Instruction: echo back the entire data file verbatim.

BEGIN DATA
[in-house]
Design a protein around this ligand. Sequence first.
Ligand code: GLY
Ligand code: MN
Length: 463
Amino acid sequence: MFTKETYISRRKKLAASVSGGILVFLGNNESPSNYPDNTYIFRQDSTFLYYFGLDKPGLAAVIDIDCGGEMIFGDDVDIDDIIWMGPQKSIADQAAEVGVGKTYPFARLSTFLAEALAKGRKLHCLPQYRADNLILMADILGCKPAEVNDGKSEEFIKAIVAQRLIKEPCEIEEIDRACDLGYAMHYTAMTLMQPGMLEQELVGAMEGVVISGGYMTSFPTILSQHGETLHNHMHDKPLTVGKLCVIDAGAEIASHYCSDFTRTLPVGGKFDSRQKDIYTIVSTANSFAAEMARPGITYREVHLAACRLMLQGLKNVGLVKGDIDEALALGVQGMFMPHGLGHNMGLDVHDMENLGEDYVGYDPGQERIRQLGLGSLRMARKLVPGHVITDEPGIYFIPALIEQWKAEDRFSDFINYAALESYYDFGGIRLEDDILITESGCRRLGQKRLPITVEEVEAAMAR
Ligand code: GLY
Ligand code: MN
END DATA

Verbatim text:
[in-house]
Design a protein around this ligand. Sequence first.
Ligand code: GLY
Ligand code: MN
Length: 463
Amino acid sequence: MFTKETYISRRKKLAASVSGGILVFLGNNESPSNYPDNTYIFRQDSTFLYYFGLDKPGLAAVIDIDCGGEMIFGDDVDIDDIIWMGPQKSIADQAAEVGVGKTYPFARLSTFLAEALAKGRKLHCLPQYRADNLILMADILGCKPAEVNDGKSEEFIKAIVAQRLIKEPCEIEEIDRACDLGYAMHYTAMTLMQPGMLEQELVGAMEGVVISGGYMTSFPTILSQHGETLHNHMHDKPLTVGKLCVIDAGAEIASHYCSDFTRTLPVGGKFDSRQKDIYTIVSTANSFAAEMARPGITYREVHLAACRLMLQGLKNVGLVKGDIDEALALGVQGMFMPHGLGHNMGLDVHDMENLGEDYVGYDPGQERIRQLGLGSLRMARKLVPGHVITDEPGIYFIPALIEQWKAEDRFSDFINYAALESYYDFGGIRLEDDILITESGCRRLGQKRLPITVEEVEAAMAR
Ligand code: GLY
Ligand code: MN